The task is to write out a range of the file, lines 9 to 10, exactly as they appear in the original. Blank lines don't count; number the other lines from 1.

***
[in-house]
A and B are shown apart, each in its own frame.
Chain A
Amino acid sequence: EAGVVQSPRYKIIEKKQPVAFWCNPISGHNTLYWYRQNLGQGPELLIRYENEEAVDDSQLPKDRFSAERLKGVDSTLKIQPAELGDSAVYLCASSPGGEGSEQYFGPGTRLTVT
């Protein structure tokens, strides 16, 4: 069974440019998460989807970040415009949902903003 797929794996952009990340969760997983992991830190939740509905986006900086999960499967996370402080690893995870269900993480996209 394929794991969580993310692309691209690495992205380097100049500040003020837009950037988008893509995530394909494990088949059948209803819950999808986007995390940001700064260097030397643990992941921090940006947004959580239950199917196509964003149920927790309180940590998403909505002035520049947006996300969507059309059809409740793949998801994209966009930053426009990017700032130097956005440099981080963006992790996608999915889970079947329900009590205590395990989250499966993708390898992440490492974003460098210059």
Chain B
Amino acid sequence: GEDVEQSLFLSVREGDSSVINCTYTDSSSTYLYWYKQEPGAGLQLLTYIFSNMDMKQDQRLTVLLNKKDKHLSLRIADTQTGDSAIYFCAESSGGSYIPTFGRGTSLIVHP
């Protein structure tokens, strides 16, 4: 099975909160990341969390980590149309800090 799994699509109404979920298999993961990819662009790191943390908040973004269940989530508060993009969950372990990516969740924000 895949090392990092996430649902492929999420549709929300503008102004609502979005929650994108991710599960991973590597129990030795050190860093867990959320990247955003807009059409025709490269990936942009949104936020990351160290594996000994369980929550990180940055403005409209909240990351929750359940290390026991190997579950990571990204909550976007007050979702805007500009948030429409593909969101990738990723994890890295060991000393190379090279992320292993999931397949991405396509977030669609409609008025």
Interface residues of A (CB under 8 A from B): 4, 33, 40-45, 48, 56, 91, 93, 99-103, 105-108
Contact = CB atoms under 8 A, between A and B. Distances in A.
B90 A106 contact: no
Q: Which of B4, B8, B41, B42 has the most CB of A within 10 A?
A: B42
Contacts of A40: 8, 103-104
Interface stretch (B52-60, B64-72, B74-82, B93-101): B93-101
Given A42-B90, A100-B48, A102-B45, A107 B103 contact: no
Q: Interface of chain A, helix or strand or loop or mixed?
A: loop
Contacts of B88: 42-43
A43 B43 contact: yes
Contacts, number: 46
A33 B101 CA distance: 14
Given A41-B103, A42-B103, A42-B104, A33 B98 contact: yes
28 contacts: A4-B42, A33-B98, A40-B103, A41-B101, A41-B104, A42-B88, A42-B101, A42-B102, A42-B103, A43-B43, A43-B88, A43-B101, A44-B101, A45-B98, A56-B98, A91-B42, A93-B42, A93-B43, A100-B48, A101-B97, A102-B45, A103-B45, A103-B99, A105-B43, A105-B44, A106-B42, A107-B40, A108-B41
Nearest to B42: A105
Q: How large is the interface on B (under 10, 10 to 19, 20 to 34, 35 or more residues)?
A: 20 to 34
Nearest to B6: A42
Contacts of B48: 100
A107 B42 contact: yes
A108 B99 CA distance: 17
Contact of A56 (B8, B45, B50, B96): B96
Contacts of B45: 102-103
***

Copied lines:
Interface residues of A (CB under 8 A from B): 4, 33, 40-45, 48, 56, 91, 93, 99-103, 105-108
Contact = CB atoms under 8 A, between A and B. Distances in A.